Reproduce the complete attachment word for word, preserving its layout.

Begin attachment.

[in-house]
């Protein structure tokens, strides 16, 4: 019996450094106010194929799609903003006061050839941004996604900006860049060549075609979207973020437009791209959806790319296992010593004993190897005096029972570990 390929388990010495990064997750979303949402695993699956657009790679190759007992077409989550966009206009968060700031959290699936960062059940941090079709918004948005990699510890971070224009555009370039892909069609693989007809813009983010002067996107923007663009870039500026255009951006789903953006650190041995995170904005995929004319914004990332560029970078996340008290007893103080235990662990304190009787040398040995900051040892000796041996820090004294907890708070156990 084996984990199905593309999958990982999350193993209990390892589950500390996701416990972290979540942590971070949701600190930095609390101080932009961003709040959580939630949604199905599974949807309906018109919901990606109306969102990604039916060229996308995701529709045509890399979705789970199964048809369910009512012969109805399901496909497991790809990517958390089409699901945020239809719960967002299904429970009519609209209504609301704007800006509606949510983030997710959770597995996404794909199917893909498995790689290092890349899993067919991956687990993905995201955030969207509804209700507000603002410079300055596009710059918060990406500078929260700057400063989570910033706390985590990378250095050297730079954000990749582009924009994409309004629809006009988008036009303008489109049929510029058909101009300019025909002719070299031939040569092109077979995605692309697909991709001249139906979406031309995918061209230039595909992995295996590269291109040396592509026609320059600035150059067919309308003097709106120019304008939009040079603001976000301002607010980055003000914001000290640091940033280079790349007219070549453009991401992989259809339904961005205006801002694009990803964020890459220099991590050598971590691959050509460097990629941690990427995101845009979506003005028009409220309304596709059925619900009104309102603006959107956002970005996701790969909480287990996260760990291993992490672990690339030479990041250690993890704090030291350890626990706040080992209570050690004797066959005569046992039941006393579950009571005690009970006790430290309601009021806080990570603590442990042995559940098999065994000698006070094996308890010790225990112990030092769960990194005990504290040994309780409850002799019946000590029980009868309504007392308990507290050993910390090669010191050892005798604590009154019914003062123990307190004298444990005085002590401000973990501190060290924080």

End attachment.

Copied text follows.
[in-house]
């Protein structure tokens, strides 16, 4: 019996450094106010194929799609903003006061050839941004996604900006860049060549075609979207973020437009791209959806790319296992010593004993190897005096029972570990 390929388990010495990064997750979303949402695993699956657009790679190759007992077409989550966009206009968060700031959290699936960062059940941090079709918004948005990699510890971070224009555009370039892909069609693989007809813009983010002067996107923007663009870039500026255009951006789903953006650190041995995170904005995929004319914004990332560029970078996340008290007893103080235990662990304190009787040398040995900051040892000796041996820090004294907890708070156990 084996984990199905593309999958990982999350193993209990390892589950500390996701416990972290979540942590971070949701600190930095609390101080932009961003709040959580939630949604199905599974949807309906018109919901990606109306969102990604039916060229996308995701529709045509890399979705789970199964048809369910009512012969109805399901496909497991790809990517958390089409699901945020239809719960967002299904429970009519609209209504609301704007800006509606949510983030997710959770597995996404794909199917893909498995790689290092890349899993067919991956687990993905995201955030969207509804209700507000603002410079300055596009710059918060990406500078929260700057400063989570910033706390985590990378250095050297730079954000990749582009924009994409309004629809006009988008036009303008489109049929510029058909101009300019025909002719070299031939040569092109077979995605692309697909991709001249139906979406031309995918061209230039595909992995295996590269291109040396592509026609320059600035150059067919309308003097709106120019304008939009040079603001976000301002607010980055003000914001000290640091940033280079790349007219070549453009991401992989259809339904961005205006801002694009990803964020890459220099991590050598971590691959050509460097990629941690990427995101845009979506003005028009409220309304596709059925619900009104309102603006959107956002970005996701790969909480287990996260760990291993992490672990690339030479990041250690993890704090030291350890626990706040080992209570050690004797066959005569046992039941006393579950009571005690009970006790430290309601009021806080990570603590442990042995559940098999065994000698006070094996308890010790225990112990030092769960990194005990504290040994309780409850002799019946000590029980009868309504007392308990507290050993910390090669010191050892005798604590009154019914003062123990307190004298444990005085002590401000973990501190060290924080």